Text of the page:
Fighting the fire wasn’t the only challenge the nature reserve had to deal with. A few years ago they had problems with sludge deposits which threatened plants and wildlife in the fish pond, reducing at the same time the number of tourist visits as the approach to the tourist boat was restrained. Last year they got a small grant from the Ministry of environmental protection for meeting the costs of partial dredging of the part of the Stari Begej bed. The fish farm Ecka now serves as the only source of income being used for improving the tourist offer at the nature reserve.

Photo: The fish farm Ecka

Protection first, tourism later

As for tourism, the nature reserve Carska bara is a typical case of sustainable tourism, and as such it is cited in the books for positively demonstrating the advance on that field. “The number of the visitors is limited due to the specificity of the nature reserve and sustainable development, so we can’t aim for a significant rise in the number of tourists as it would lead to endangering the birds which are the main feature of this reserve. Our employees take care of the visitors’ conducts, and the focus of our tourist offer is on education and raising awareness of the proper treatment towards nature”, says the manager of the fish farm Ecka pointing out that the reserve protection is primary. “Tourism is secondary, for that matter.”

He believes that their tourist offer could be significantly improved by building another belvedere, getting canoes and pedalos, as well as by placing information and education boards which would give pieces of advices to visitors in the reserve zones where those activities could take place. It seems that the full potential of this place hasn’t been tapped into, which is caused by the lack of money, which is their biggest obstacle.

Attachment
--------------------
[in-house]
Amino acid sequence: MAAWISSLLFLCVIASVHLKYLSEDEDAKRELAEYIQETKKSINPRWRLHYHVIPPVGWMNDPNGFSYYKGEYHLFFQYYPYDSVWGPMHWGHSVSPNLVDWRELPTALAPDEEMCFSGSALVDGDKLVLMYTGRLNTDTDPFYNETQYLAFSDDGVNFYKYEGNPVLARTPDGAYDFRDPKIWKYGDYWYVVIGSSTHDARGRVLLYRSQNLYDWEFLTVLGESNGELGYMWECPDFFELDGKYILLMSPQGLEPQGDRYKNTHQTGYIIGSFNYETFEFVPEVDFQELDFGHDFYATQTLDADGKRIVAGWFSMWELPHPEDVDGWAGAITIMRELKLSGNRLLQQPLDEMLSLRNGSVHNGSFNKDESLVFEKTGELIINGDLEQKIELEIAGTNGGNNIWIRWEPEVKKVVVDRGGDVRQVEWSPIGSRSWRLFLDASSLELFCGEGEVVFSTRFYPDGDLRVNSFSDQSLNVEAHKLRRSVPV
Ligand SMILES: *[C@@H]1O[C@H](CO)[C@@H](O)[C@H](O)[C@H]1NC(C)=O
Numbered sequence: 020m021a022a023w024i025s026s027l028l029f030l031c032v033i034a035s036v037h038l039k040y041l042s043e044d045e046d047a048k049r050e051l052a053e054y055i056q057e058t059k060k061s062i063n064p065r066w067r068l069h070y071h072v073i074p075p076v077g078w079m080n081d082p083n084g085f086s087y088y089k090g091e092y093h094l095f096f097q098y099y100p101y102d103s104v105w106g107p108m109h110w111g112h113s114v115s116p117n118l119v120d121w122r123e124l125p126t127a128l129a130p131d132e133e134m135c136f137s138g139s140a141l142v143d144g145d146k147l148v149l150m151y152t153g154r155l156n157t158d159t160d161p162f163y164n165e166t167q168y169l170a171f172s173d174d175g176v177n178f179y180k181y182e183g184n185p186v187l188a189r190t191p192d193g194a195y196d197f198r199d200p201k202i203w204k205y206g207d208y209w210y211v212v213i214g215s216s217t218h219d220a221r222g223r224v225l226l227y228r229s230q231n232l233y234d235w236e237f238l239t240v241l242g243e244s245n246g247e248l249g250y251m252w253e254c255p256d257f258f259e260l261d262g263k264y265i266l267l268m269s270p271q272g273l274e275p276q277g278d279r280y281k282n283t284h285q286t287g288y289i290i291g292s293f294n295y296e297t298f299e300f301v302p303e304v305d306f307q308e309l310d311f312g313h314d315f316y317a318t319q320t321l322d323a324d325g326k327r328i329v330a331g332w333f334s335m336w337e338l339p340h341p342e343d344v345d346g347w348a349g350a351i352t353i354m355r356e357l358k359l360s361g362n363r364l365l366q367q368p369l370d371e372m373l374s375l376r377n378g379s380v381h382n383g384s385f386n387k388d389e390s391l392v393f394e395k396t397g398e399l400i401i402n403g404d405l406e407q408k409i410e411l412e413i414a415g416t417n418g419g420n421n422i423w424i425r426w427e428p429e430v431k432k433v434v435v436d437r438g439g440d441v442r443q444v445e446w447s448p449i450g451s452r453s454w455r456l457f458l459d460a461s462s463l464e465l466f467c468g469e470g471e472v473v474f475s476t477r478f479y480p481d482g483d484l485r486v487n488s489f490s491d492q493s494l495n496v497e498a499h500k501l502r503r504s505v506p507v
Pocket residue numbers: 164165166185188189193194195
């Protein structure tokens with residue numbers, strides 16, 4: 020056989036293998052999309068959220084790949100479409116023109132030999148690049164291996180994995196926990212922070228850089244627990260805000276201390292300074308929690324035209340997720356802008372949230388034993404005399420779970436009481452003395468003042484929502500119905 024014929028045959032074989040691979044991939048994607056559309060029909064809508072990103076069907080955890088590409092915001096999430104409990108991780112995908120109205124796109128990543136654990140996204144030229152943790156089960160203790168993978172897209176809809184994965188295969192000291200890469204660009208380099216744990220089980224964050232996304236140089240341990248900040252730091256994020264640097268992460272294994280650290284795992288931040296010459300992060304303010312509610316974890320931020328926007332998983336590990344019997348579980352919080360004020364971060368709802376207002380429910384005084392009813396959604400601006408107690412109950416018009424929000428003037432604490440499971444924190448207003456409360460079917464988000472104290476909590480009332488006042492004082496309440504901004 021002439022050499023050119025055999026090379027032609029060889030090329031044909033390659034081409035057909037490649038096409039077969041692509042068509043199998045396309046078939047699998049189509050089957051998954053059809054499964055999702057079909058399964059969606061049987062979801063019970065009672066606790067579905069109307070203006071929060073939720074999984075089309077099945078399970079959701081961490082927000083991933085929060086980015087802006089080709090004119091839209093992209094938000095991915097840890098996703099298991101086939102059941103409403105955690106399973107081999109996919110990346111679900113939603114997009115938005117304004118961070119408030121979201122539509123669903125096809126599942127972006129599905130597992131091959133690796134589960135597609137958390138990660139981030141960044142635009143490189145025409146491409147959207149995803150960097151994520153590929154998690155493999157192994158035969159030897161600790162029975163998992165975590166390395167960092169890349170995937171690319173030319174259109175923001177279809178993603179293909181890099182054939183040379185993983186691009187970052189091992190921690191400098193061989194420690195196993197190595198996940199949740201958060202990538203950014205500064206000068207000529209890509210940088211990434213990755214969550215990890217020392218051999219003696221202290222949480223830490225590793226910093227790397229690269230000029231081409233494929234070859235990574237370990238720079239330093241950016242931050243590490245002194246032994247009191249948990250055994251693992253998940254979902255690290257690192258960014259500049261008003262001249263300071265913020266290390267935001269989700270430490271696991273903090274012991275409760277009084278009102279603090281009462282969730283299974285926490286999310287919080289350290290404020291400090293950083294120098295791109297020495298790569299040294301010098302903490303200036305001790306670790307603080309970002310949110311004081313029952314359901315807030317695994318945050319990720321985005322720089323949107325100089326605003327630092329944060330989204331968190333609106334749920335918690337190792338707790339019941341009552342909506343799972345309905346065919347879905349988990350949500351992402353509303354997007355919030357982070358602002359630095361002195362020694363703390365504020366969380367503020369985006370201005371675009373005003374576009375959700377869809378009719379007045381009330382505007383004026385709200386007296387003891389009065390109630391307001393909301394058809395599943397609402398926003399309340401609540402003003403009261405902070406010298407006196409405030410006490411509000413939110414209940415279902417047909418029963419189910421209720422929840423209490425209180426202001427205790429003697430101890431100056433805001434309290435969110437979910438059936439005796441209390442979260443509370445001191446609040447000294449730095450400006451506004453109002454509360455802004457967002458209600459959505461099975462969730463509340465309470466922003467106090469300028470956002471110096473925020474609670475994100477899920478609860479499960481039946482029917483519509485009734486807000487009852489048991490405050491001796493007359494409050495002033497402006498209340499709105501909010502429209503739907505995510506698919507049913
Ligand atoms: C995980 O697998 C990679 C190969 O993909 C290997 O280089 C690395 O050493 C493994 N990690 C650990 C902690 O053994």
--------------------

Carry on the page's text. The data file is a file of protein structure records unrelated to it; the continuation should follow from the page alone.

The staff at the fish farm tries to save this nature reserve from climate change. Dejan brings out that they pay special attention to restraining the human factor so that it doesn’t ruin the natural processes of the ecosystem. During the cold winters, the reserve’s staff makes small apertures in the ice to provide fishes with oxygen. In contrast, during the extreme droughts they pump in water into Carska bara so that the ecosystem wouldn’t be in danger. All of these activities are done according to the directions given by the Institute for nature conservation of Serbia.

In focus:

Dejan thinks that the situation with the fishery and its future in Serbia is volatile, as it all depends on factors which affect the production estimation, such as viruses and diseases, whose effect is damage beyond repair. Talking about downsides, he stresses the problem of the black market and also extremely low subsidies in comparison to the region, which substantially reduces competitiveness.

However, along with all challenges, the tale about the Ecka carp still goes around. This fish has been bred at the Ecka fish farm ever since 1891, and it is known for its particular taste which probably should be attributed to the water and soil quality, namely substrate of the fish pond. There was the time when the Ecka carp was a must-have delicacy at the restaurants’ menus and holiday dinner tables throughout former Yugoslavia, and it was also exported to Macedonia, Italy and Germany. Today the widely famous carp of Ecka can be found at some chain stores and delicacy stores.

Dejan told us about his favourite fish recipe. The delicacy name is the Carska fish broth which is made from carp fillets, and you can try it next time you head for Zrenjanin if you remember this article, so you decide to take a break at Carska bara.

Prepared by: Jelena Cvetic

This article was published in the new issue of Energy portal Magazine GRINNOVATIONS, December 2019 – February 2020.